Learning outcomes of the course unit
At the end of the class the student should have acquired knowledge and skills related to the molecular organization of living systems, in particular at the cellular level, being familiar with both the chemical aspects of biological molecules and their metabolic transformations, and with the peculiarities of living organisms as systems based on informational processes.
In particular, the student should be able to:
1. Know the relationships between the structure and chemical properties of proteins and nucleic acids and their functions in the context of biological systems; appreciate the centrality of molecular recognition and enzymatic catalysis in all biological processes, and know their specific variations in metabolism, in the maintenance and expression of genetic material, in cellular signal transduction and intra-and inter-cellular communication systems; be able to understand and use the specific language of the biomolecular disciplines combining it with the already acquired one of the chemical disciplines (knowledge and understanding)
2. Recognize the most appropriate methodological approaches for understanding the different biological processes at the molecular level; be able, even on the basis of examples taken during the course, to understand the applicative relevance of the knowledge of biochemical processes, especially in understanding their pathological alterations and the corresponding therapeutic possibilities (applying knowledge and understanding)
3. Expose the results of the studies with competence, rigor and language properties, even to a non-expert public (communication skills)
4. Know how to recognize the methodological path and the type of knowledge necessary for the explanation at a molecular level of metabolism and fundamental cellular processes; evaluate and distinguish between them the different levels of understanding of biological systems that can be accessed through the different disciplinary approaches, in order to critically appreciate the advantages and limitations of the biochemical approach and knowledge (making judgments)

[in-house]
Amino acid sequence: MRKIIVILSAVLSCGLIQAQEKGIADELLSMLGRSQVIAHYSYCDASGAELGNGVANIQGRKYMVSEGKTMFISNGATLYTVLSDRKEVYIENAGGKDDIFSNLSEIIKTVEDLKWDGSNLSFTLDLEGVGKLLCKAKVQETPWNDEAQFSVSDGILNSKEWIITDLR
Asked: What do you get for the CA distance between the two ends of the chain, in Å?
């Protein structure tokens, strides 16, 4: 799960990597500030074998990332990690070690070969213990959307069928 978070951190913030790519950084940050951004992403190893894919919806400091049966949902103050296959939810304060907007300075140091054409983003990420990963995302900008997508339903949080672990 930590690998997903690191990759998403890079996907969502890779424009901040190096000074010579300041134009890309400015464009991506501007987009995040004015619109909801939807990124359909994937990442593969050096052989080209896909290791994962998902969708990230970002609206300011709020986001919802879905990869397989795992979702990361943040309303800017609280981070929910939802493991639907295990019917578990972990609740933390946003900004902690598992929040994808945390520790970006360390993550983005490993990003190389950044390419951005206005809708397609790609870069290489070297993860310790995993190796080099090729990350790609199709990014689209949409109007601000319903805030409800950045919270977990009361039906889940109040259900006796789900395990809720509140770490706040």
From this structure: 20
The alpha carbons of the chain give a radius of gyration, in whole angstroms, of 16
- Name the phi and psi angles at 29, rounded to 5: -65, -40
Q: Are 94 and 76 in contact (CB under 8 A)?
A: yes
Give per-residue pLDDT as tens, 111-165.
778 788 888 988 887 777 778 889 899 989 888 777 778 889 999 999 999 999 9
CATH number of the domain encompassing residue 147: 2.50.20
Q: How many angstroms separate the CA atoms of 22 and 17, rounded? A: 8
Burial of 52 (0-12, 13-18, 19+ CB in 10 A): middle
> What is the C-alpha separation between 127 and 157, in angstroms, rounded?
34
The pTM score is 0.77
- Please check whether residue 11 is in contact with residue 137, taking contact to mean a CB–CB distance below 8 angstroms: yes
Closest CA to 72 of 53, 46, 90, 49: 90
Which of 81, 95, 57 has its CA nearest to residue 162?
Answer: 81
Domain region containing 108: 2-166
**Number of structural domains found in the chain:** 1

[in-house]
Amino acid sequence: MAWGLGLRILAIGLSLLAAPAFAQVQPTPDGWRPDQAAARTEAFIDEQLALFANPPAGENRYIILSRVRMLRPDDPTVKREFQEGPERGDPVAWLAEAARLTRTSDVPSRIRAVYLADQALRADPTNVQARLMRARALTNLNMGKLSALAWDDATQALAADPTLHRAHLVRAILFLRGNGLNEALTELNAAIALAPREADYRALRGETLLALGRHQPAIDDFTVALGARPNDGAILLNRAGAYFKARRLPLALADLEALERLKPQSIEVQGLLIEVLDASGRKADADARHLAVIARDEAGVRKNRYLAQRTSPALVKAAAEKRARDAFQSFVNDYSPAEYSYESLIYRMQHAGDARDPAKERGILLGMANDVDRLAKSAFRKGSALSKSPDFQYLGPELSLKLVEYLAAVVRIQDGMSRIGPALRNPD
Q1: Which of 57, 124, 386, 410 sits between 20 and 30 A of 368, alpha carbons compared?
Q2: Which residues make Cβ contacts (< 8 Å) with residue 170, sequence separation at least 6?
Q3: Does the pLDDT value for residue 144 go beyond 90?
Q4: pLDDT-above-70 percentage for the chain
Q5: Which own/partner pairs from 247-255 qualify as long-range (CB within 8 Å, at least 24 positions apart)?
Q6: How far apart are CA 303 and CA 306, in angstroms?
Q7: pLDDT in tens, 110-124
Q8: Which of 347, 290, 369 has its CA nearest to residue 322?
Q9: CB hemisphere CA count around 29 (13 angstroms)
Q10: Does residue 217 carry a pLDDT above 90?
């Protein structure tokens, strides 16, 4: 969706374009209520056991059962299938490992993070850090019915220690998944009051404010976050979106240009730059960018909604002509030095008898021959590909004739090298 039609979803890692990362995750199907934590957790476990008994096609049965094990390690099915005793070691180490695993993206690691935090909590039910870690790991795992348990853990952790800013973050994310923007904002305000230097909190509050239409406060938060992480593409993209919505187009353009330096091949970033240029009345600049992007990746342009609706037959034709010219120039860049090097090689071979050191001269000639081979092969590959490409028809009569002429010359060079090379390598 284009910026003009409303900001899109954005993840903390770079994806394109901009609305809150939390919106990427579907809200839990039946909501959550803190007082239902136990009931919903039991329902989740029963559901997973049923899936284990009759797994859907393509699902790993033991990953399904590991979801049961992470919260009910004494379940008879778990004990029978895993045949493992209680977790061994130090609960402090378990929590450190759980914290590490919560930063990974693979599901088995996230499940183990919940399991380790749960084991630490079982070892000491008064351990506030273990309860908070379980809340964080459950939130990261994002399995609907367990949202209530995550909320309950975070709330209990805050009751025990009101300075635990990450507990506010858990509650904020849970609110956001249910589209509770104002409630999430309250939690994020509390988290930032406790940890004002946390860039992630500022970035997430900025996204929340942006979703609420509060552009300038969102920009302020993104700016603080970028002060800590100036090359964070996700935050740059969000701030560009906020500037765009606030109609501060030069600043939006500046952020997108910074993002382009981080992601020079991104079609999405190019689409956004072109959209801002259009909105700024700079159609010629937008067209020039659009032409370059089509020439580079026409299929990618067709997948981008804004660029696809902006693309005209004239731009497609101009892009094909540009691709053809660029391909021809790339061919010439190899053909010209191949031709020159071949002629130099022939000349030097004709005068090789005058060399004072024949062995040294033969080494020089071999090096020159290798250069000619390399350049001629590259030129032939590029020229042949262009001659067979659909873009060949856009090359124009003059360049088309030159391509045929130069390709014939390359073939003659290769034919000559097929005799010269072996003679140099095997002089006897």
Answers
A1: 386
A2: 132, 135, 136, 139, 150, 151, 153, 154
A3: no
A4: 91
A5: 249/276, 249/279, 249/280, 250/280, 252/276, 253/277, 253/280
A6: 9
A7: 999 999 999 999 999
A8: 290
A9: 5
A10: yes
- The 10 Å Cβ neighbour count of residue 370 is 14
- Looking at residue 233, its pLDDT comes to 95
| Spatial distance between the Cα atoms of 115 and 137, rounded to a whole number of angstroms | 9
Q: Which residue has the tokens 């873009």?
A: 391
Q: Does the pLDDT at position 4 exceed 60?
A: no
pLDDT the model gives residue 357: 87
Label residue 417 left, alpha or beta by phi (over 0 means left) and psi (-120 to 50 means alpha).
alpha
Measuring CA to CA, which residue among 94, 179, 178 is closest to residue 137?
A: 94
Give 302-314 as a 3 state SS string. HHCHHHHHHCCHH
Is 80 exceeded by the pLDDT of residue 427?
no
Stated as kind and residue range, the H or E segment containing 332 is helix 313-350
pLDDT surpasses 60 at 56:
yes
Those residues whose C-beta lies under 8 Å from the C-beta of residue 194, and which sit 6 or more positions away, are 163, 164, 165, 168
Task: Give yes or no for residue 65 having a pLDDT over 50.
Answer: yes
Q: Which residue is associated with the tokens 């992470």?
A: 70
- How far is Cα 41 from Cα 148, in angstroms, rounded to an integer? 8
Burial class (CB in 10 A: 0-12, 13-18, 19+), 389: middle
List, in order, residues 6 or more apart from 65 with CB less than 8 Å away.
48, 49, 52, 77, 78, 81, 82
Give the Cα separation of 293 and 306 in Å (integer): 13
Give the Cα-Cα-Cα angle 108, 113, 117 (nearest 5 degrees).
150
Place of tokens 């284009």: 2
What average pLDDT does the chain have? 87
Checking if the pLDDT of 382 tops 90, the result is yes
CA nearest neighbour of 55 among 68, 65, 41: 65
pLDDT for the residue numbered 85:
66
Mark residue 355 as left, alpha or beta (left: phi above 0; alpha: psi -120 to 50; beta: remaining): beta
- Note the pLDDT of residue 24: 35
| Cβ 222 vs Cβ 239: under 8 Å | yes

5. Link the different topics with each other and with the basic and related disciplines; deepen the aspects of interest by consulting updated manuals specific to the scientific sector (learning skills).
Fundamentals of general, inorganic and organic chemistry.
Course contents summary
The course represents an introduction to the understanding of biological processes at the molecular level. The structure, properties and functions of biological macromolecules, in particular proteins and nucleic acids, will be illustrated with a constant reference to their cellular context.
In illustrating the structure and function of proteins, particular evidence will be given to the centrality of molecular recognition. To this end, some examples of protein-ligand interactions will be illustrated in chemical detail, and their relevance for biological functions will be explained by their participation in networks of macromolecular interactions.
The structure and function of nucleic acids (DNA, RNA) will be illustrated with emphasis on the informational properties they possess in the context of living systems, and the role of protein-DNA and protein-RNA interactions in genetic information processes. In the unitary perspective outlined above, the salient aspects of metabolism and its dependence on enzymatic catalysis, gene expression and regulation, signal transduction, intra- and inter-cellular communication will be addressed.
Part 1 – Introduction
1.1 Chemistry and life
Part 2 – Biomolecules
2.1 Amino acids, peptide bond, protein primary structure
2.2 Proteins: three-dimensional structure
2.3 Molecular recognition and protein function: selected examples (myoglobin and hemoglobin, antibodies, cell motility proteins)
2.5 Lipids and biological membranes
2.6 Membrane proteins and membrane transport
2.7 Nucleotides and nucleic acids
Part 3 – Enzymes
3.1 Enzyme catalysis and its regulation
3.2 Molecular switches and biological signaling
Part 4 – Metabolism
4.1 Introduction to metabolism: thermodynamics and metabolism, metabolic pathways, “high-energy” compounds, enzymes and coenzymes
4.2 Metabolism of carbohydrates
4.3 Citric acid cycles
4.4 Electron transport and oxidative phosphotylation
4.5 Lipid metabolism
4.6 Amino acid metabolism
Part 5 – Expression and replication of genetic material
5.1 Nucleic acids and biological information
5.2 Nucleic acid structure
5.3 Biosynthesis and degradation of nucleic acids with hints of nucleotide metabolism
5.4 DNA replication, repair and recombination
5.5 Gene transcription, RNA processing and degradation
5.6 Protein synthesis and degradation
5.7 Regulation of gene expression.
Voet, Voet, Pratt, Fondamenti di Biochimica, Zanichelli, 2017 (4th italian edition based on the 5th original edition: Fundamentals of Biochemistry, Wiley, 2016).
Lectures; guided practice of some exercises and problems.
Assessment methods and criteria
The summative assessment of learning is carried out through a final written exam, based on six open-ended questions, each of which is evaluated with a score from 0 to 5. The student must demonstrate that he/she has understood, and is able to apply, the fundamental concepts of each topic covered.
The results of the exam are published on the Esse3 portal within two weeks of the exam date. Students can view the exam, by appointment with the teacher.